Greece’s pensioners to suffer MORE: Europe demands austerity as debt hits £268 BILLION

Desperate people campaign outside the Hilton hotel as the monied hold talks about their lives

Desperate people campaign outside the Hilton hotel as the monied hold talks about their lives

 

GREEK politicians are being told to go after the country’s already squeezed pensioners as it faces yet more austerity measures.

Germany and the International Monetary Fund (IMF) have failed to make an agreement over the conditions of a new bail out package.

And while the country’s debt bubble continues to mount, as it tries to cope with the migrant crisis from 2015, its citizens are being penalised. Continue reading

Greek Gov’t is 40% of GDP

 

QUESTION:  Hello, I do not understand what Martin say about the fact that the Greek debt doubled when it changed into euro. Indeed, if the currency is twice the value of the old one then all your debt will double as Martin said. However all your assets will double in value too. So it is the same situation as before. I may miss something, could you please explain me what I am missing? Continue reading

Greece on ‘Explosive’ Path Inside Euro and EU

Shutterstock

 

Latest crisis could spark the end of the Eurozone.

Despite years of austerity and economic reforms, Greece cannot dig itself out of its financial hole all the time it is tied into the disastrous Euro currency. Continue reading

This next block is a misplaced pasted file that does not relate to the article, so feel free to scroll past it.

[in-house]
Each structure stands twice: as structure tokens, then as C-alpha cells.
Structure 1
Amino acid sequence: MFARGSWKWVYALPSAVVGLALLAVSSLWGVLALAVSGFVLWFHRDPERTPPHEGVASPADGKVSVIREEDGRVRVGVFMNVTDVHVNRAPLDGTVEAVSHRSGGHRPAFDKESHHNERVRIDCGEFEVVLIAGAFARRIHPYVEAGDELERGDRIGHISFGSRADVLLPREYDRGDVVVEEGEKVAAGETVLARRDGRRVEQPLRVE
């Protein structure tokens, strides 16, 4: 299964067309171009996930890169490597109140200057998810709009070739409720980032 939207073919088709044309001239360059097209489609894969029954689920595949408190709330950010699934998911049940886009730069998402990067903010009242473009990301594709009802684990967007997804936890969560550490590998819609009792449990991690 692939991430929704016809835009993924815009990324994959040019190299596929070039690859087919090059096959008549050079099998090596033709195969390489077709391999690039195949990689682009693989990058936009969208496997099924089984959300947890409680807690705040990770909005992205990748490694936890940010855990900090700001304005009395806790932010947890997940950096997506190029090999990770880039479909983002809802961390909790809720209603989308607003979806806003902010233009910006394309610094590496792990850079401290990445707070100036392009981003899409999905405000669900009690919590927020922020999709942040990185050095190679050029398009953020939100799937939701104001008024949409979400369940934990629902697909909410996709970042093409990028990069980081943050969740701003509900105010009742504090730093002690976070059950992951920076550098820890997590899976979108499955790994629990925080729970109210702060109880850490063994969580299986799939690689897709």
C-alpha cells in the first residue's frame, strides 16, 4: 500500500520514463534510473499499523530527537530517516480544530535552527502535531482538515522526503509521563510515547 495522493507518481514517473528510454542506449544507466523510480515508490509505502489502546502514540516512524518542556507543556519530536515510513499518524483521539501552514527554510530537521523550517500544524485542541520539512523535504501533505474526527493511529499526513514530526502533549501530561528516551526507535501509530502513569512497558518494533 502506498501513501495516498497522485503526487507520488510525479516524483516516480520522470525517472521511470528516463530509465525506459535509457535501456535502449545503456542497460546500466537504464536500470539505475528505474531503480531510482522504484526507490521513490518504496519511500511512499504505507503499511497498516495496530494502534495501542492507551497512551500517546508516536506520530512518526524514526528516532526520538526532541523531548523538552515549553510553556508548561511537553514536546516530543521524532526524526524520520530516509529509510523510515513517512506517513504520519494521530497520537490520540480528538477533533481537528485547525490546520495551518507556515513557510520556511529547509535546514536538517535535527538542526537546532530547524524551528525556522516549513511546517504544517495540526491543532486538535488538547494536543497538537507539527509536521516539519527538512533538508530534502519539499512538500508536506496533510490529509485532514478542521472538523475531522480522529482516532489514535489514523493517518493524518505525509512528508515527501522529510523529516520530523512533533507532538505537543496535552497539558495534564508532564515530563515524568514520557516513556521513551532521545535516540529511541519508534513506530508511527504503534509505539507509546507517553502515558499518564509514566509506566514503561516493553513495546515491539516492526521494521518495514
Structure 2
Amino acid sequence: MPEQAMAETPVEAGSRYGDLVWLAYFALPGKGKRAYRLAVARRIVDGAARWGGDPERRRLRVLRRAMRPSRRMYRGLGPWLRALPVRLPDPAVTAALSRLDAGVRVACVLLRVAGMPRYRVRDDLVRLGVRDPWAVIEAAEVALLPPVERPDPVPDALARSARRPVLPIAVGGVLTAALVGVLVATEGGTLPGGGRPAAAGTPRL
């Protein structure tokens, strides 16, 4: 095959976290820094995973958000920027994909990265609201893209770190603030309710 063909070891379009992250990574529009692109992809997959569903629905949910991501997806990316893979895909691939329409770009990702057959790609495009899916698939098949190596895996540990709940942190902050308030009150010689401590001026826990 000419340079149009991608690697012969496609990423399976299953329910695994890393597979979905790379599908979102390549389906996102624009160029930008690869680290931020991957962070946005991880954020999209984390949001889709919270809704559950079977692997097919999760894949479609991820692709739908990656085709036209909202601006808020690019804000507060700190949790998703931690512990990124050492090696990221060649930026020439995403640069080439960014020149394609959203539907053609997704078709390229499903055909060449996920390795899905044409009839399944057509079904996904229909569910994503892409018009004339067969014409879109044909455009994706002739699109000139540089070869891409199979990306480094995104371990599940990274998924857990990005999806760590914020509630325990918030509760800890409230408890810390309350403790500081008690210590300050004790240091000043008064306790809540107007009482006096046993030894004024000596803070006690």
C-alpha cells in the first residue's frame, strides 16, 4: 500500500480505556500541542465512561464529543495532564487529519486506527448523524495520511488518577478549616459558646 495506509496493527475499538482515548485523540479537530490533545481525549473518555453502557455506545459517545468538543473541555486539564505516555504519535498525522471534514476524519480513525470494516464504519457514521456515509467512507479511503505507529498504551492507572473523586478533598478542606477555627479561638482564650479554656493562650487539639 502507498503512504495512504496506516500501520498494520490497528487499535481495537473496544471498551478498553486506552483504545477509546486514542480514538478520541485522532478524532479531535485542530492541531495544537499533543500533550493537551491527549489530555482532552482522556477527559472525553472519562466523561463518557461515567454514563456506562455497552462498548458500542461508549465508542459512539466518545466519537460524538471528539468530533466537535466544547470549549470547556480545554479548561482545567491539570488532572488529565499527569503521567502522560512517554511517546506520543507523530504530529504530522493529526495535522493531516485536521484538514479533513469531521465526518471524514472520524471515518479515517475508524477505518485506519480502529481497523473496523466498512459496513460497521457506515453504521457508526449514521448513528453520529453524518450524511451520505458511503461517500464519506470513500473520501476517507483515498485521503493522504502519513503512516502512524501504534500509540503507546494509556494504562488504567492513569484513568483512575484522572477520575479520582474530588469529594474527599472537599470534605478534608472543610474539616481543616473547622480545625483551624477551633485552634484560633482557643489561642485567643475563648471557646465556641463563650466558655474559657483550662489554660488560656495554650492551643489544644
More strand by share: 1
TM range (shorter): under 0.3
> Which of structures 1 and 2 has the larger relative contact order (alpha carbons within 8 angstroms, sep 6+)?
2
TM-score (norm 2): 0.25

Alexis Tsipras claims creditors are making Greek crisis worse

All roads still lead to Berlin, the powerhouse of Europe, which is now economically dominating the continent. Cypress was yesterday’s target, today it’s still Greece.

 

Prime minister hits out about delay in deal to resolve debt crisis when there is ‘light at the end of the tunnel’

Speaking at the Thessaloniki annual trade fair, where Greek leaders traditionally outline economic policy, Tsipras blamed a spat between the EU and the International Monetary Fund for putting off badly needed private investors.

“I would say that what is creating conditions of delay in regaining trust of markets and investors is the constant clash and disagreements between the IMF and European institutions,” he told reporters in a traditional no-holds-barred exchange. Continue reading

The Next Greek Crisis Is Coming

https://i0.wp.com/d.europe.newsweek.com/en/full/55039/04-29-greece-04.jpg

A refugee holds an umbrella as he tries to light a fire during rainy weather at a makeshift camp in the northern border village of Idomeni, April 8. Bulent Kilic/AFP/Getty